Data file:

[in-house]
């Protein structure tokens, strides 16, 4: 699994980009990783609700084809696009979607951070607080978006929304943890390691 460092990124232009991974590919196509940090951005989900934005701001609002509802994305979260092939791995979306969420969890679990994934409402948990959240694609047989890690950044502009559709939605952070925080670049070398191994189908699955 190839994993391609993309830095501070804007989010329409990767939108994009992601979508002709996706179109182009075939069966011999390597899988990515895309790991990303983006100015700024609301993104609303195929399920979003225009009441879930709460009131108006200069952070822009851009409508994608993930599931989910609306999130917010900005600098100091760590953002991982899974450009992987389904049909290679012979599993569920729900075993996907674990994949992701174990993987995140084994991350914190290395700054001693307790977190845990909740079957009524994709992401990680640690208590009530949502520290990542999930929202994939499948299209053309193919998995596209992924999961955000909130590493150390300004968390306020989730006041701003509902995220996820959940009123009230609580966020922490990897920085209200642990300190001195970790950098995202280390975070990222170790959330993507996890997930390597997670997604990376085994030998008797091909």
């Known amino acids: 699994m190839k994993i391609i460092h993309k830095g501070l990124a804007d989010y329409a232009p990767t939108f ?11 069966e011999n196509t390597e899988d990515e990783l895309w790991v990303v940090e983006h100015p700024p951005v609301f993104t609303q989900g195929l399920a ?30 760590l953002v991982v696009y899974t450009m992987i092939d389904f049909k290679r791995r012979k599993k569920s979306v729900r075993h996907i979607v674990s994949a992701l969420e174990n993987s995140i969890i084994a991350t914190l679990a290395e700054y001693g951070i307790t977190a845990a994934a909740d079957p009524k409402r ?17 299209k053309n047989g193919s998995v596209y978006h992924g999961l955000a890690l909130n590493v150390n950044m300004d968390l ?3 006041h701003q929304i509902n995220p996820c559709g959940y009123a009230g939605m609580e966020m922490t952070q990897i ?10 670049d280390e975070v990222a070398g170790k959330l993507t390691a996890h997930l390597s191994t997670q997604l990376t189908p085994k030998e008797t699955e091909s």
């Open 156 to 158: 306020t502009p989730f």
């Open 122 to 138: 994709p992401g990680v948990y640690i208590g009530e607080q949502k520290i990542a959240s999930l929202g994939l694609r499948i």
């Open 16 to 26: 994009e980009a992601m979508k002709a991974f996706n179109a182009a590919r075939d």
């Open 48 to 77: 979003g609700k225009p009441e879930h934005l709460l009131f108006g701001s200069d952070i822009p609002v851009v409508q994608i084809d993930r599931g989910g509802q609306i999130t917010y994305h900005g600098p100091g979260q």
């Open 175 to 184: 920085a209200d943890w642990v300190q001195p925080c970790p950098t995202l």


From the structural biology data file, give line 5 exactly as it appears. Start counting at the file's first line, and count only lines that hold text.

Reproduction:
């Open 122 to 138: 994709p992401g990680v948990y640690i208590g009530e607080q949502k520290i990542a959240s999930l929202g994939l694609r499948i």